Your Major Doesn’t Matter

July 5, 2012 at 7:38 am | Posted in Career Moves | 4 Comments
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When I first went to college, I planned to be a Journalism major.  With an inherent love of writing and one high school journalism course under my belt, it would have appeared to have been a natural progression.  This was before the birth of social media, when newspapers were still relevant and bookstores were still thriving.  I was going to be a writer in that world.

But after entering college as a Pre-Journalism major, I quickly switched to English because I found it to be a broader, more challenging major at my college.  With journalism, because there weren’t too many classes, you were required to have a minor.  While I did choose to have a minor, I didn’t want to be told I needed one.

In my Massachusetts college two conversations happened frequently and always in the same order.  The first — “where are you from?” And when the answer is New York, inevitably the follow up question comes: “are you a Yankees fan?”  The second — “what’s your major?” And when the answer is English, the inevitable follow up question is “So you want to be a teacher?”

No, I never wanted to be a teacher.  To me, I had spent my entire life in school up to that point, why in the world would I want to spend anymore time in a classroom?  The truth is an English major prepares you for so many opportunities.  It’s a skills major.  You learn to read, write, critique and analyze.  Sure, these may sound like simple skills, but I have met many adults who cannot complete these tasks in a coherent manner.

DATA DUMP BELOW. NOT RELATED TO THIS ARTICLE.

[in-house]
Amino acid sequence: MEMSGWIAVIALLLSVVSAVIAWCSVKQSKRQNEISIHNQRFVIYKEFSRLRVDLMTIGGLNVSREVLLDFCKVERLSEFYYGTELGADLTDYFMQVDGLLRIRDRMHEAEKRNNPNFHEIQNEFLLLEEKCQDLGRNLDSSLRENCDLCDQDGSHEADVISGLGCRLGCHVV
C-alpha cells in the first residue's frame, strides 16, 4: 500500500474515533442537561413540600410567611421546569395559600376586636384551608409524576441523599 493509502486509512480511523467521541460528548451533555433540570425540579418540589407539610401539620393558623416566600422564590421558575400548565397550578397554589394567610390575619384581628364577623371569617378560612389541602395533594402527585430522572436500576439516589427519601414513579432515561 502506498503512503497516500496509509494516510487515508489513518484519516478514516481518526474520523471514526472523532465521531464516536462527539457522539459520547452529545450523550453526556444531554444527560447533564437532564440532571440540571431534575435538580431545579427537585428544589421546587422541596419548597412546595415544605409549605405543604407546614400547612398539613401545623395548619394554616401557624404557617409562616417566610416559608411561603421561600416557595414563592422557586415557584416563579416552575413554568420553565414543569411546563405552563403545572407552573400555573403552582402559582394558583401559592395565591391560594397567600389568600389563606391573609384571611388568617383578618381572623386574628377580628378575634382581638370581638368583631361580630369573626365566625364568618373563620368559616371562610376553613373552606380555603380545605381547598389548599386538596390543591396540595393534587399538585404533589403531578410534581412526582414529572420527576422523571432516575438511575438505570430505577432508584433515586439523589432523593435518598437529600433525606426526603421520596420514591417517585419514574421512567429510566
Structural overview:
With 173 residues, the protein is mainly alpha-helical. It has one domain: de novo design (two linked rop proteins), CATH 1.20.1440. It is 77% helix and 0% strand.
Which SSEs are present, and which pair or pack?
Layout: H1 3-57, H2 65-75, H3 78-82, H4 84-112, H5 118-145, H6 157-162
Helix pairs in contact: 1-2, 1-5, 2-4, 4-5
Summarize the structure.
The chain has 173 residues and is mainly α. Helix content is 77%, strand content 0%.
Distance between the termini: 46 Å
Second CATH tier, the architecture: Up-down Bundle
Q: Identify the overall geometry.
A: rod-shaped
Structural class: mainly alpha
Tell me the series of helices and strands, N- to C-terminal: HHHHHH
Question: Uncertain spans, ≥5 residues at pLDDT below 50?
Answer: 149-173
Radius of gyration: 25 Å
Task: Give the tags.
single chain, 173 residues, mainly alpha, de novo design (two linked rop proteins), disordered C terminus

But we all have to play on our strengths.  If I was any good at math or science or history, I may have majored in chemistry or biology or politics.  The truth is that your major doesn’t have to limit you.  It shouldn’t be a determining factor in your career path.

I always knew I was going to write.  I never knew, never thought about becoming a non-profit communications professional.  That was not my dream, and I will likely not do it forever, and I know that I have developed a diverse enough set of skills that I can change course if I want to.  Because your major doesn’t matter.  What matters is that you enjoy what you learn, that you get your degree, and you stay motivated to contribute your skills to the greater good of society.

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4 Comments »

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  1. Nicely written – couldn’t agree more!!

  2. Agreed

  3. I definitely agree with this post! I study BA (Hons) Education and people automatically say “oh, so teaching then?” They just get confused when I say I’m going into education research/journalism though.


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